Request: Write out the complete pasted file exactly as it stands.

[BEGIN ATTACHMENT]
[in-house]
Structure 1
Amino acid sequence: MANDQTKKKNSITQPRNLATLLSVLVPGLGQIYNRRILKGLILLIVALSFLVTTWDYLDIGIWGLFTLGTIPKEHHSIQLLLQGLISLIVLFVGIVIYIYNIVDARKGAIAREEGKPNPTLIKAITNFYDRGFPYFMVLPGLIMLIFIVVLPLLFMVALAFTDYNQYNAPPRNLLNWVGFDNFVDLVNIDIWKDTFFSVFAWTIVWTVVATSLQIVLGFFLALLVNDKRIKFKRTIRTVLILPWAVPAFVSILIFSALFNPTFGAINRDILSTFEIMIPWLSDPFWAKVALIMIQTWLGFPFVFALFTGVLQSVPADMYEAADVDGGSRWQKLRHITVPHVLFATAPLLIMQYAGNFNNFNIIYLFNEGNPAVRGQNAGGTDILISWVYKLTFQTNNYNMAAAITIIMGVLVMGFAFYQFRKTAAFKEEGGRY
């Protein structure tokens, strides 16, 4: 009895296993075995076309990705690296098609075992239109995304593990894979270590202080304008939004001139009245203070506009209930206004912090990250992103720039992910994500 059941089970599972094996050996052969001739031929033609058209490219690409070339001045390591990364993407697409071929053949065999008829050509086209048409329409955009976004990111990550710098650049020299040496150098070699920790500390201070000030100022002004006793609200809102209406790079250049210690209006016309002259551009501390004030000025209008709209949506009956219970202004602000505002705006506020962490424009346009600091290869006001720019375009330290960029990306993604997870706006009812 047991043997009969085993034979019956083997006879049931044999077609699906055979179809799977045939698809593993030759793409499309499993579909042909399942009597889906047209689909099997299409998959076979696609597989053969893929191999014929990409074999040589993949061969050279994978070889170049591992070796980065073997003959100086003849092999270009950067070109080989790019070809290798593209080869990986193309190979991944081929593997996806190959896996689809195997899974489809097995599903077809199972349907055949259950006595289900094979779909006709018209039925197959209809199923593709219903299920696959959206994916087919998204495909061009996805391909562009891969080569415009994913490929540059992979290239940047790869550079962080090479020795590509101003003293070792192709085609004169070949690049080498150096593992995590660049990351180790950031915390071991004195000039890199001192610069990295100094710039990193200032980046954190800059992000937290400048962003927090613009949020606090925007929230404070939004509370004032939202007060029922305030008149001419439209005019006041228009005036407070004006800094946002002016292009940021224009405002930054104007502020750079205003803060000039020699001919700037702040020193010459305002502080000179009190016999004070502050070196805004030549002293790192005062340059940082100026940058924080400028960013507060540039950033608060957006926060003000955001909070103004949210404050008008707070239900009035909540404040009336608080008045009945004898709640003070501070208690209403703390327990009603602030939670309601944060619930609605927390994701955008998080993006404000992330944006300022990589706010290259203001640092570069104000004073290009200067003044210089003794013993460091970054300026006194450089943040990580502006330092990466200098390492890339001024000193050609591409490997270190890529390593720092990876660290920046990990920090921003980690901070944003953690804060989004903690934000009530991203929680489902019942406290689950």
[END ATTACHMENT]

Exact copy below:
[in-house]
Structure 1
Amino acid sequence: MANDQTKKKNSITQPRNLATLLSVLVPGLGQIYNRRILKGLILLIVALSFLVTTWDYLDIGIWGLFTLGTIPKEHHSIQLLLQGLISLIVLFVGIVIYIYNIVDARKGAIAREEGKPNPTLIKAITNFYDRGFPYFMVLPGLIMLIFIVVLPLLFMVALAFTDYNQYNAPPRNLLNWVGFDNFVDLVNIDIWKDTFFSVFAWTIVWTVVATSLQIVLGFFLALLVNDKRIKFKRTIRTVLILPWAVPAFVSILIFSALFNPTFGAINRDILSTFEIMIPWLSDPFWAKVALIMIQTWLGFPFVFALFTGVLQSVPADMYEAADVDGGSRWQKLRHITVPHVLFATAPLLIMQYAGNFNNFNIIYLFNEGNPAVRGQNAGGTDILISWVYKLTFQTNNYNMAAAITIIMGVLVMGFAFYQFRKTAAFKEEGGRY
């Protein structure tokens, strides 16, 4: 009895296993075995076309990705690296098609075992239109995304593990894979270590202080304008939004001139009245203070506009209930206004912090990250992103720039992910994500 059941089970599972094996050996052969001739031929033609058209490219690409070339001045390591990364993407697409071929053949065999008829050509086209048409329409955009976004990111990550710098650049020299040496150098070699920790500390201070000030100022002004006793609200809102209406790079250049210690209006016309002259551009501390004030000025209008709209949506009956219970202004602000505002705006506020962490424009346009600091290869006001720019375009330290960029990306993604997870706006009812 047991043997009969085993034979019956083997006879049931044999077609699906055979179809799977045939698809593993030759793409499309499993579909042909399942009597889906047209689909099997299409998959076979696609597989053969893929191999014929990409074999040589993949061969050279994978070889170049591992070796980065073997003959100086003849092999270009950067070109080989790019070809290798593209080869990986193309190979991944081929593997996806190959896996689809195997899974489809097995599903077809199972349907055949259950006595289900094979779909006709018209039925197959209809199923593709219903299920696959959206994916087919998204495909061009996805391909562009891969080569415009994913490929540059992979290239940047790869550079962080090479020795590509101003003293070792192709085609004169070949690049080498150096593992995590660049990351180790950031915390071991004195000039890199001192610069990295100094710039990193200032980046954190800059992000937290400048962003927090613009949020606090925007929230404070939004509370004032939202007060029922305030008149001419439209005019006041228009005036407070004006800094946002002016292009940021224009405002930054104007502020750079205003803060000039020699001919700037702040020193010459305002502080000179009190016999004070502050070196805004030549002293790192005062340059940082100026940058924080400028960013507060540039950033608060957006926060003000955001909070103004949210404050008008707070239900009035909540404040009336608080008045009945004898709640003070501070208690209403703390327990009603602030939670309601944060619930609605927390994701955008998080993006404000992330944006300022990589706010290259203001640092570069104000004073290009200067003044210089003794013993460091970054300026006194450089943040990580502006330092990466200098390492890339001024000193050609591409490997270190890529390593720092990876660290920046990990920090921003980690901070944003953690804060989004903690934000009530991203929680489902019942406290689950």